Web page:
Maybe your original thought, when you think of a whiner, is little kids you sometimes see in a park or some other public place complaining because they aren’t growing their way. Or maybe you think of co-workers you strive with who always appear to be crying about something.
Their complaining may be about small or individual things like, “Why can’t we get sufficient coffee?” or “why don’t we have insurance?”. Or maybe the whining is about more pressing business dilemmas like, “if marketing would just build a more reliable plan, we’d all be greater off.”
The fact is that while you may not assert your grievances in a sing-song call, I’ll bet you complain too. Most all of us do. How do I know? Because I consider whining really is an obvious search for the causes of our distress, anger, grief, or obstacles.
As long as we are seeing from outside to ourselves; as long as we are whining – we aren’t giving personally a chance to read or to enhance our position. The only way to receive is to look inwardly to see what our role is, what impact we have, and to discover what we can do to change the circumstances we are facing.
Here are five specific things you can do to help you move past whining and take the actions needed to make you happier, healthier, and more successful.
Three Questions to Ask Yourself
These three topics are separate but ultimately linked. You may move past whining by suggesting just one of them, or it may take challenging yourself each of them (several times) to help you in any given scenario.
- What role did I play in the state? This question is paramount because it implies that we will find our role. Once we know our role we are in a place to make a difference if needed.
- What can I do now? The spot is over (the e-mail already went down). This question gets us centered on the most suitable instant performance or pursuit.
- How can I improve the position next time? This question completes the cycle by urging us to make a difference for the next time – to apply what the problems – and our solutions – have guided us.
Two Things to Stop Doing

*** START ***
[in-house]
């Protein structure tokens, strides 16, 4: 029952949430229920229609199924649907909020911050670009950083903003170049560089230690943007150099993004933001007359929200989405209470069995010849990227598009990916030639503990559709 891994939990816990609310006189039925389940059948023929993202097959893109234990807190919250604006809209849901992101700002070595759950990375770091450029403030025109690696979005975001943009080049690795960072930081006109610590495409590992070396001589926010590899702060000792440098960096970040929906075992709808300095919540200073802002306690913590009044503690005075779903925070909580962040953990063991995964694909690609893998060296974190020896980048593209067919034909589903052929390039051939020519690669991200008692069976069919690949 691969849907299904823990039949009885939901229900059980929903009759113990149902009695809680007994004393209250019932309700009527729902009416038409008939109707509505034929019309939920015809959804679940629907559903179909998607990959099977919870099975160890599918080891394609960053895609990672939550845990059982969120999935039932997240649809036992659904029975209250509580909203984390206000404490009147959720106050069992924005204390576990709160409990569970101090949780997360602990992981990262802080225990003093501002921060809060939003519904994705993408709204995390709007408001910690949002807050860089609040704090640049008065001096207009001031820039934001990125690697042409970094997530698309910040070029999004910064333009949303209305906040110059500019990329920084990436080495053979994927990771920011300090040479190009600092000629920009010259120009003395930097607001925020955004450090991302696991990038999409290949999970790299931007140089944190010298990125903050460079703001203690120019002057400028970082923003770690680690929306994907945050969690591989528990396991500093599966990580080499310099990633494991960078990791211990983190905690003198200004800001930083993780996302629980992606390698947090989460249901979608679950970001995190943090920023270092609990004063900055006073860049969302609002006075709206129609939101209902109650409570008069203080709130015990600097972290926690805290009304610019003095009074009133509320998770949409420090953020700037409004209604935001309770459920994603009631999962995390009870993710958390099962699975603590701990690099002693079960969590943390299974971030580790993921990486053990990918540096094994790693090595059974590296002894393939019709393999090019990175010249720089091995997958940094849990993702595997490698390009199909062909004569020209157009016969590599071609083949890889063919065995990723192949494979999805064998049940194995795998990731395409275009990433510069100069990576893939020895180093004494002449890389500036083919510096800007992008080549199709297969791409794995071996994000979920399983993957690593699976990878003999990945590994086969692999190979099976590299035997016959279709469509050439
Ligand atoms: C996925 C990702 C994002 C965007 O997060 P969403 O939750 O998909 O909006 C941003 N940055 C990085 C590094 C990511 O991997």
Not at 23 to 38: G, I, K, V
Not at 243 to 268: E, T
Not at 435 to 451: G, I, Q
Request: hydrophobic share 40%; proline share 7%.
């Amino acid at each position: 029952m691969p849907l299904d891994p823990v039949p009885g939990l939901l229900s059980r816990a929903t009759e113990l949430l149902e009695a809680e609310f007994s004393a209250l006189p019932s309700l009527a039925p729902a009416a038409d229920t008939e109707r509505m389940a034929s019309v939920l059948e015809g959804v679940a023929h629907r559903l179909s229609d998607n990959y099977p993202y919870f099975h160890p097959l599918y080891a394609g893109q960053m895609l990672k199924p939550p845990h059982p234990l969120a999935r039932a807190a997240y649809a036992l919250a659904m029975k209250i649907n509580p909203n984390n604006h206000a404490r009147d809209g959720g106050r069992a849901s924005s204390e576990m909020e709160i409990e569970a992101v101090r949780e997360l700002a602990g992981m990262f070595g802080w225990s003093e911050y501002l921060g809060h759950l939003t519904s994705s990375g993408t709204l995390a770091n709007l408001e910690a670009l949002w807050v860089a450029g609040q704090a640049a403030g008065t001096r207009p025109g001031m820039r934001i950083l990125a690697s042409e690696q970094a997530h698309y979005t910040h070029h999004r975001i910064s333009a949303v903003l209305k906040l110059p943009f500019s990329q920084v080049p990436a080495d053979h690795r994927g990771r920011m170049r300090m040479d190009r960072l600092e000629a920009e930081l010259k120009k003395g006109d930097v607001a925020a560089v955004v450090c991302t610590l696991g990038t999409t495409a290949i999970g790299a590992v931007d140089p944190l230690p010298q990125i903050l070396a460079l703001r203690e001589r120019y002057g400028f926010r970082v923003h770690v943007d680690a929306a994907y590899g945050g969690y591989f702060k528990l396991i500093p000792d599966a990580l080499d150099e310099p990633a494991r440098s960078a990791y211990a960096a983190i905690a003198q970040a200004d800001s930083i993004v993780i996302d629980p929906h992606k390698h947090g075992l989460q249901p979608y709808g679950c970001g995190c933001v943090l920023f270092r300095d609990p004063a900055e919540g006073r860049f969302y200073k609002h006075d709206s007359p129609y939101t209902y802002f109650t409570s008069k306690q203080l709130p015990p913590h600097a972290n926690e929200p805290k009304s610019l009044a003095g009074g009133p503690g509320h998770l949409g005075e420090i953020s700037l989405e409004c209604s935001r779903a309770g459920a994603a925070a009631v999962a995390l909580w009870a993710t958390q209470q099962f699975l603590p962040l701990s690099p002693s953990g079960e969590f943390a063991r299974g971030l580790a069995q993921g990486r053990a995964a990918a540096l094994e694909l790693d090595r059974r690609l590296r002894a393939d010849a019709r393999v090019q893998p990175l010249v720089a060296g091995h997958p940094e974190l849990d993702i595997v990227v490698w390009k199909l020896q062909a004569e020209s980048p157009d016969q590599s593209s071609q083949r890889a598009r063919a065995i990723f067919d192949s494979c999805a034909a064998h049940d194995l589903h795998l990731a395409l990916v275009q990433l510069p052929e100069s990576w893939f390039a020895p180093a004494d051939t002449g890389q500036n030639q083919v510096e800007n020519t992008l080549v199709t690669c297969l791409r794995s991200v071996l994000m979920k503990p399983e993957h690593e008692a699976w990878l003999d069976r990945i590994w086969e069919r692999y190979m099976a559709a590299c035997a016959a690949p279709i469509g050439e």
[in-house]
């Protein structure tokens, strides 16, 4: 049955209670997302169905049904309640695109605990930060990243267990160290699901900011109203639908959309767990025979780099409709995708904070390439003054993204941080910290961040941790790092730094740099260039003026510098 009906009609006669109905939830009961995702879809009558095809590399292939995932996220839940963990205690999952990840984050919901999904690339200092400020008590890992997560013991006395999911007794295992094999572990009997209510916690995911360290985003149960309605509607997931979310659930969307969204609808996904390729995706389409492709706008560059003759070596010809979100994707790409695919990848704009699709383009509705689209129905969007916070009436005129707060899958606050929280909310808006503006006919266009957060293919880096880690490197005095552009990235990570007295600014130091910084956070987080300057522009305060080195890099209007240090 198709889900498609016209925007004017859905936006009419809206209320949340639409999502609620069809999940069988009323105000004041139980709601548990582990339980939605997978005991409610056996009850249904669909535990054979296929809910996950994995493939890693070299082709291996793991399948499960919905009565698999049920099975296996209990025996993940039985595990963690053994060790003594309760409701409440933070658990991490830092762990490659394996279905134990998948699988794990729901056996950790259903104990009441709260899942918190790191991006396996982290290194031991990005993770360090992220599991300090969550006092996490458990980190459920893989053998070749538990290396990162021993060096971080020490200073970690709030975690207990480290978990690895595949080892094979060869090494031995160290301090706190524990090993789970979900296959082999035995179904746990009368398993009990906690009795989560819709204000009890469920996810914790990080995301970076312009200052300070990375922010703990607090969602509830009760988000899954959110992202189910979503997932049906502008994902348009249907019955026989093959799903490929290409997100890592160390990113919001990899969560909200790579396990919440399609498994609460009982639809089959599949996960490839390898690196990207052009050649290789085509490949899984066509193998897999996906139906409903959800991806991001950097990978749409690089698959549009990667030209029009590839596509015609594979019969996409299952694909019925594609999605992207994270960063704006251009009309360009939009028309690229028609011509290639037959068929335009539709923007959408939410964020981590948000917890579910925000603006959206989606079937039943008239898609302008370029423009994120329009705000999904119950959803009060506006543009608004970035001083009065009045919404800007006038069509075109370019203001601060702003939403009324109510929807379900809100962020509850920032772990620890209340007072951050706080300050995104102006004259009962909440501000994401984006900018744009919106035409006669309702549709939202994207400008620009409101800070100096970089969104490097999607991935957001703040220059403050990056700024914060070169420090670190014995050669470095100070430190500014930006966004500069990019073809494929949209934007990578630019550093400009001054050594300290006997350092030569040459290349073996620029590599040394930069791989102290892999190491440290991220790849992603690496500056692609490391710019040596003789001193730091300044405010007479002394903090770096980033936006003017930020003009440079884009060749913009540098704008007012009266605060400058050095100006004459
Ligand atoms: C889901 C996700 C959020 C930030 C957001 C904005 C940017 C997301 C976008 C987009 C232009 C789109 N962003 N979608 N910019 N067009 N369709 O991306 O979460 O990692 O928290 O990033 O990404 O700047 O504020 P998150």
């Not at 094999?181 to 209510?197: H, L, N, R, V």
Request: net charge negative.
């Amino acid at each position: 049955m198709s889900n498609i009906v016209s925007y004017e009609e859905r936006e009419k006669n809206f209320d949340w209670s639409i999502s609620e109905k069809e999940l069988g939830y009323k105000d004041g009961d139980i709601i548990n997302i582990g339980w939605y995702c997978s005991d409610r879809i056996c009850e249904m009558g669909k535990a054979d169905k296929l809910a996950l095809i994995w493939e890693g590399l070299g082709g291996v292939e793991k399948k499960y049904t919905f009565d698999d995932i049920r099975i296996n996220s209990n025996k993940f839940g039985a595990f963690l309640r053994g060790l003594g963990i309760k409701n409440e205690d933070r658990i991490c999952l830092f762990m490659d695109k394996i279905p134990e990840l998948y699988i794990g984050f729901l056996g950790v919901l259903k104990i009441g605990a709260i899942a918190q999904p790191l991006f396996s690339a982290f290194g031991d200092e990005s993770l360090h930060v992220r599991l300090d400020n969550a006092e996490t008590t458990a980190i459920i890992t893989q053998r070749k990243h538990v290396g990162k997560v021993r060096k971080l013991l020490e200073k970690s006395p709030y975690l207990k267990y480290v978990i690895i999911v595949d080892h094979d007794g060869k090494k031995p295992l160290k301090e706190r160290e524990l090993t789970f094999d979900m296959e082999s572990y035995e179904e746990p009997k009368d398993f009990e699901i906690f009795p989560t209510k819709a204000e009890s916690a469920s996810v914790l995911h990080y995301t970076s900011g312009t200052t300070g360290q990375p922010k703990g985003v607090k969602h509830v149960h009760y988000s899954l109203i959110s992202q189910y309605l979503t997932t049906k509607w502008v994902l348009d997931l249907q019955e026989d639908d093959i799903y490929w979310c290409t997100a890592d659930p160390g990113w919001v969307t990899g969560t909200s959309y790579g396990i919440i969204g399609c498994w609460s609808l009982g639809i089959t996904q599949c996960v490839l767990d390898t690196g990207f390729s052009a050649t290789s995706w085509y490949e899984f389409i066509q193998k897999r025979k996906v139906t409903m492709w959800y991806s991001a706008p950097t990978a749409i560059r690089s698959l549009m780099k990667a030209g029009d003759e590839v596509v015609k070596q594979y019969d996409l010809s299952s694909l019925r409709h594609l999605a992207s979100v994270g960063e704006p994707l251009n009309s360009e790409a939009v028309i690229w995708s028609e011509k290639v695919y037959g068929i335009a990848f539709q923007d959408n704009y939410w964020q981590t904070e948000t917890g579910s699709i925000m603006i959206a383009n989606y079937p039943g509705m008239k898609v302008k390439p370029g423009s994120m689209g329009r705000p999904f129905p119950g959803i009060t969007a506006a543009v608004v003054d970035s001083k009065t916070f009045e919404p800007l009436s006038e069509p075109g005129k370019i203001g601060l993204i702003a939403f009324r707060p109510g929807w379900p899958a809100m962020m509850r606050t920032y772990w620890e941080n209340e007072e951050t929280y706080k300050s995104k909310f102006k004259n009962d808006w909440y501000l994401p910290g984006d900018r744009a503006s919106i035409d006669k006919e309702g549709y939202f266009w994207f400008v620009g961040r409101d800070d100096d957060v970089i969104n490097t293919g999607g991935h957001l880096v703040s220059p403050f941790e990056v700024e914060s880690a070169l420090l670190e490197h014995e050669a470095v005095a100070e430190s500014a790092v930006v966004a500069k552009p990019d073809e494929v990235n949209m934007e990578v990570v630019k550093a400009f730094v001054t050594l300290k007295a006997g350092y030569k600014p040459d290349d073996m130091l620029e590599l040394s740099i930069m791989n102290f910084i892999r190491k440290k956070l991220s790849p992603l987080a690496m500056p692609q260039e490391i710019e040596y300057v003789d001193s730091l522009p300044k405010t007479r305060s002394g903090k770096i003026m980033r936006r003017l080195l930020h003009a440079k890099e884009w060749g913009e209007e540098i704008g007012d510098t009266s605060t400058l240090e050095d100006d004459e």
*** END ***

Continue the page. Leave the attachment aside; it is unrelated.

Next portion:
Action is the key to changing our perspective and results. The questions above will help you sort out what action you can take to change your situation. The three suggestions below will reinforce your new internal focus on your success.
- Stop accusing. We accuse all kinds of people and things: our administrator, the other staff, our family, our children, the moment of the year, the conditions, the climate or fill-in-the-blank. As long as we are accusing, we are whining. And as long as we are complaining, we are not moving because we aren’t watching for ways to enhance the circumstance.
- Stop assuming “they.” Sure, other people played a part in the issue you face. There may be something that they are doing or did that really hurt you or have an adverse impact on you. Don’t let this confuse the evidence that other people aren’t the only ones who played a part in the circumstances. You did too. They did something and you chose an acknowledgment. Saying (or thinking) “they” is just like pointing your finger in blame – you will forever be waiting on someone else to change or do something conversely.
The message of these procedures is that winners take effort and whiners don’t. While I have written this from the panorama of the things that you can do, you also can use these things as a template to help or train others to move past their grievances and explanations and onto fruitful action.
When we take these steps we empower ourselves to learn, feel more empowered, and be more prolific. In other words, these steps will help us stop complaining and start winning!